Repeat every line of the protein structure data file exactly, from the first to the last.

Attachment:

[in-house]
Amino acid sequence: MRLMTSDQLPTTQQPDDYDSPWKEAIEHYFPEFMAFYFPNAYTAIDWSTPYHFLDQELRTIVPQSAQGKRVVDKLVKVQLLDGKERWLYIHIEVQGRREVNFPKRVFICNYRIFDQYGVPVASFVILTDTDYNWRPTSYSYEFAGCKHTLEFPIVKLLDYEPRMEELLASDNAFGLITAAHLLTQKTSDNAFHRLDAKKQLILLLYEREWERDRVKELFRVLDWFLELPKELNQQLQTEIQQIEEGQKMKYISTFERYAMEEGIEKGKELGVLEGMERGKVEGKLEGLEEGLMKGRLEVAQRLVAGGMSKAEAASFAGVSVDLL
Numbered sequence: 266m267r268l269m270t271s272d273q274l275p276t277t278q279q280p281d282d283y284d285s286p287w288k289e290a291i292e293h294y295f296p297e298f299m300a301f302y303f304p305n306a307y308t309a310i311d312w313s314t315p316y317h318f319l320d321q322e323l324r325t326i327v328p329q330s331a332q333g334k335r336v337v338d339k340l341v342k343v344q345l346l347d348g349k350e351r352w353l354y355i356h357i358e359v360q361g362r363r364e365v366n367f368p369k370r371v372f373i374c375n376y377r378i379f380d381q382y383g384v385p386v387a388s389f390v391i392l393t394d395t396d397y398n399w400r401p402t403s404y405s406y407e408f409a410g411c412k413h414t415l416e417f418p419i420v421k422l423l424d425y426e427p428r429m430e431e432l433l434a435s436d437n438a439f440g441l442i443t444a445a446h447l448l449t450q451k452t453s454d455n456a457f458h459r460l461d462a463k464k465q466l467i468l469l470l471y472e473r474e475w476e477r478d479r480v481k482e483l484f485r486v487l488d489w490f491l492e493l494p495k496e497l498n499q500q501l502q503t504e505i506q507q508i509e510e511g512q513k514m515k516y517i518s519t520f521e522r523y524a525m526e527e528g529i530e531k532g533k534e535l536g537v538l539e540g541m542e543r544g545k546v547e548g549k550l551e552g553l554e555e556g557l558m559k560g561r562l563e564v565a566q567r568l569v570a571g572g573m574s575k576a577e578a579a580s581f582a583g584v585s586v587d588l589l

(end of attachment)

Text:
[in-house]
Amino acid sequence: MRLMTSDQLPTTQQPDDYDSPWKEAIEHYFPEFMAFYFPNAYTAIDWSTPYHFLDQELRTIVPQSAQGKRVVDKLVKVQLLDGKERWLYIHIEVQGRREVNFPKRVFICNYRIFDQYGVPVASFVILTDTDYNWRPTSYSYEFAGCKHTLEFPIVKLLDYEPRMEELLASDNAFGLITAAHLLTQKTSDNAFHRLDAKKQLILLLYEREWERDRVKELFRVLDWFLELPKELNQQLQTEIQQIEEGQKMKYISTFERYAMEEGIEKGKELGVLEGMERGKVEGKLEGLEEGLMKGRLEVAQRLVAGGMSKAEAASFAGVSVDLL
Numbered sequence: 266m267r268l269m270t271s272d273q274l275p276t277t278q279q280p281d282d283y284d285s286p287w288k289e290a291i292e293h294y295f296p297e298f299m300a301f302y303f304p305n306a307y308t309a310i311d312w313s314t315p316y317h318f319l320d321q322e323l324r325t326i327v328p329q330s331a332q333g334k335r336v337v338d339k340l341v342k343v344q345l346l347d348g349k350e351r352w353l354y355i356h357i358e359v360q361g362r363r364e365v366n367f368p369k370r371v372f373i374c375n376y377r378i379f380d381q382y383g384v385p386v387a388s389f390v391i392l393t394d395t396d397y398n399w400r401p402t403s404y405s406y407e408f409a410g411c412k413h414t415l416e417f418p419i420v421k422l423l424d425y426e427p428r429m430e431e432l433l434a435s436d437n438a439f440g441l442i443t444a445a446h447l448l449t450q451k452t453s454d455n456a457f458h459r460l461d462a463k464k465q466l467i468l469l470l471y472e473r474e475w476e477r478d479r480v481k482e483l484f485r486v487l488d489w490f491l492e493l494p495k496e497l498n499q500q501l502q503t504e505i506q507q508i509e510e511g512q513k514m515k516y517i518s519t520f521e522r523y524a525m526e527e528g529i530e531k532g533k534e535l536g537v538l539e540g541m542e543r544g545k546v547e548g549k550l551e552g553l554e555e556g557l558m559k560g561r562l563e564v565a566q567r568l569v570a571g572g573m574s575k576a577e578a579a580s581f582a583g584v585s586v587d588l589l